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Is it guaranteed that there will be some $p$ such that $p\mid2^n-1$ but $p\nmid 2^m-1$ for any $m<n$?

In other words, does each $2^x-1$ introduce a new prime factor?

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These are fairly famous and well studied: p is called a primitive divisor of the Mersenne number 2^n-1. Zsigmondy's theorem shows that they nearly always exist, which is very helpful in finite group theory. –  Jack Schmidt Aug 12 '10 at 16:22
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3 Answers 3

up vote 7 down vote accepted

Yes, it's true (except for $2^6-1=7\times 9$).

This is known as Bang's theorem, and is a corollary of Zsigmondy's Theorem.

You can find a proof here (Theorem 3).

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This result is due to Zsigmondy (1892), with special cases (b=1) (re)discovered by Bang (1886), Birkhoff & Vandiver (1904) ... see Ribenboim, The New Book of Prime Number Records, p. 43, 67-68, 338, 437. Vandiver, a prolific researcher on FLT, applied it to Fermat's Last Theorem (first case) and related diophantine equations, e.g. see Ribenboim's book 13 Lectures on FLT, pages 52,161,206,234,236.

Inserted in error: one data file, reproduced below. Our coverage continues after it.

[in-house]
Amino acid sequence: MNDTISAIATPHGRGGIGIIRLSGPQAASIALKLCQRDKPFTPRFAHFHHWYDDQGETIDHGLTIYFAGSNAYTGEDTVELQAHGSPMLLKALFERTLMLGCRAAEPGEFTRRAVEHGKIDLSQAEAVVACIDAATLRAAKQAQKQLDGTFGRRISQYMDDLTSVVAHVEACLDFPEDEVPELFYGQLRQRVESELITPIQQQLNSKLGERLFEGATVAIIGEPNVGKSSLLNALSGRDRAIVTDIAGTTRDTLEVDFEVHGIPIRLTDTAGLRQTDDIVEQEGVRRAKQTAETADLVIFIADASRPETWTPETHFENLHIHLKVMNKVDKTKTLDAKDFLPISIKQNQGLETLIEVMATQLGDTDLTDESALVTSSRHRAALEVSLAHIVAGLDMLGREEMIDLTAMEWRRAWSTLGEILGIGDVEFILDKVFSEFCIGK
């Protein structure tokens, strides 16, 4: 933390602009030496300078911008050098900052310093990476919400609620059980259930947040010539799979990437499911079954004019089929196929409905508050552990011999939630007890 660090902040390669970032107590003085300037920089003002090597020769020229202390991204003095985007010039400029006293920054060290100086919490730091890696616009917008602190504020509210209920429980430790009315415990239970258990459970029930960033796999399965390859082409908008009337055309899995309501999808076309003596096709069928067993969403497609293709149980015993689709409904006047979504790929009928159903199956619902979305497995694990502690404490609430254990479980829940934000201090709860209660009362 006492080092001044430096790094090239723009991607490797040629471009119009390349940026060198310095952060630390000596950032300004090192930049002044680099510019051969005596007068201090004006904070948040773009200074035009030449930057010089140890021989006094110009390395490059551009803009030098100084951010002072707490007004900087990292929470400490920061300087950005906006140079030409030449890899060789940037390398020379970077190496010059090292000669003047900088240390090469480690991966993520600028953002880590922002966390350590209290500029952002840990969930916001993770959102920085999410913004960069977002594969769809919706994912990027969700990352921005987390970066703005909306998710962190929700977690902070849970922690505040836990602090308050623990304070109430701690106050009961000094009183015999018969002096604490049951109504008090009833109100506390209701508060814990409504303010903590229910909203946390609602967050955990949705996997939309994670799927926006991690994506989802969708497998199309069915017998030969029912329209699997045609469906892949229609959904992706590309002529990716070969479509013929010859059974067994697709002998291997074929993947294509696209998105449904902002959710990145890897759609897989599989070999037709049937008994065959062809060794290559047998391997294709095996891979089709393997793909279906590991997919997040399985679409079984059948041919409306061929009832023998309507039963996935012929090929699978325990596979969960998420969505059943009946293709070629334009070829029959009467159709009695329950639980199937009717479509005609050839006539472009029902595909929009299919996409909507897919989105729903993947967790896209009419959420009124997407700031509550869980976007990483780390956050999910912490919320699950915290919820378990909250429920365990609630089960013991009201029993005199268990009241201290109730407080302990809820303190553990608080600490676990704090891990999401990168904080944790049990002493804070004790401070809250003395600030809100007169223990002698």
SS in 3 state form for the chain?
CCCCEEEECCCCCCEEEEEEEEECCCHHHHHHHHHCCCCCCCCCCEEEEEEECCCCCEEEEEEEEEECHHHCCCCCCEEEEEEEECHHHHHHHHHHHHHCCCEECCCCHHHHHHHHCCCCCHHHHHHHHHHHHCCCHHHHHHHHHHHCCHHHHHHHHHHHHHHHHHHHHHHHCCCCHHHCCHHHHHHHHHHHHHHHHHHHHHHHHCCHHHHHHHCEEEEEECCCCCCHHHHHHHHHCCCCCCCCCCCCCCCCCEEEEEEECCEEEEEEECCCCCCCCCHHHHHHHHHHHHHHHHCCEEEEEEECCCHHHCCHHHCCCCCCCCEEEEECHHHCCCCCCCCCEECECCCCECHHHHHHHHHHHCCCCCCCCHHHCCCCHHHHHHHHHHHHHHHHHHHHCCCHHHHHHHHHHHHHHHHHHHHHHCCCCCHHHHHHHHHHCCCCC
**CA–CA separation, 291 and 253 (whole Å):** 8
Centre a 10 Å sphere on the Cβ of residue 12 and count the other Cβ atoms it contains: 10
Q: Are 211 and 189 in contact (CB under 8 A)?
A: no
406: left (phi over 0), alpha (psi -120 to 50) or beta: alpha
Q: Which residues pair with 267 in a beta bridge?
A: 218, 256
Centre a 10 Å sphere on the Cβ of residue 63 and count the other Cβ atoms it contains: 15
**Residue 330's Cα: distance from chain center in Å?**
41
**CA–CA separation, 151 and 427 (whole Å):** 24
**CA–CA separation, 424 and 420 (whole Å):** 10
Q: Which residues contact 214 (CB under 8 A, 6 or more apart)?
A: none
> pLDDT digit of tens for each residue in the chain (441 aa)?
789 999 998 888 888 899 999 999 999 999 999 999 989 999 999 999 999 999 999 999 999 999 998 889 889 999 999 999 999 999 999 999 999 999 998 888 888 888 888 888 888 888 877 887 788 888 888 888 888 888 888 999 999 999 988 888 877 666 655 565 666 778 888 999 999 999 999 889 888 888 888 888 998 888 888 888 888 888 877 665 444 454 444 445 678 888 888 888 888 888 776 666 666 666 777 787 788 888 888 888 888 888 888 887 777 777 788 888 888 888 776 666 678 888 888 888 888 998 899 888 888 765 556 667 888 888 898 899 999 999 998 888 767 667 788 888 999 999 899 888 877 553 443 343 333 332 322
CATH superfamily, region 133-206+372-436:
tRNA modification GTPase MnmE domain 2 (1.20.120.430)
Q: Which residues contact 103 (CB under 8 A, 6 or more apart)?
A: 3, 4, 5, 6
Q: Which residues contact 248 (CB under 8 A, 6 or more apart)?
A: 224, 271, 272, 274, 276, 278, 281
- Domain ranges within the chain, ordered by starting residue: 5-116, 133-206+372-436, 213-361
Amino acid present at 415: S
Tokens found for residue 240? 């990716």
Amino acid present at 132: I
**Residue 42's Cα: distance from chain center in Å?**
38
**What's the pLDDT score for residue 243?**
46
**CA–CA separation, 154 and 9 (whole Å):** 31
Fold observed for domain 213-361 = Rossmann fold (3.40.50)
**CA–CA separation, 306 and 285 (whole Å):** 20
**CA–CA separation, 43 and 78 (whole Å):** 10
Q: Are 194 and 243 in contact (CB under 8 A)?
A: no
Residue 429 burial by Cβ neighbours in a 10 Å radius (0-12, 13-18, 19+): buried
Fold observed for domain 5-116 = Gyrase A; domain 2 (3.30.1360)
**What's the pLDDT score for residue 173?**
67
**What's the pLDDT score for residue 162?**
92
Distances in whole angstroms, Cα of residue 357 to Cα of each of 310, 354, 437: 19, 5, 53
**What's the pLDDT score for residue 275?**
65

Such results have many applications: a MathSciNet search on Anywhere=(Zsigmondy or (Birkhoff and Vandiver)) will find over 35 related Math Reviews. Schinzel (1974, MR 93k:11107) extended the theorem to arbitrary algebraic number fields $K$:

If $A$ and $B$ are algebraic integers in $K$, $(A,B)=1$, and $A/B$ is of degree $d$ and not a root of unity, then there exists $n_0 = n_0(d)$ such that for all $n > n_0, A^n - B^n $ has a prime ideal factor $P$
not dividing $A^m - B^m $ for all $ m < n$.

Later (1993, same MR) "he generalized this to show that every algebraic number which is not a root of unity satisfies only a finite number of independent generalized cyclotomic equations considered by the reviewer [in Structural properties of polylogarithms, Chapter 11, see p. 236, Amer. Math. Soc., Providence, RI, 1991; see MR 93b:11158]".

There are also elliptic and polynomial generalizations.

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No. $2^6-1 = 3^2 \cdot 7$. But we have that $3|2^2-1$ and $7|2^3-1$

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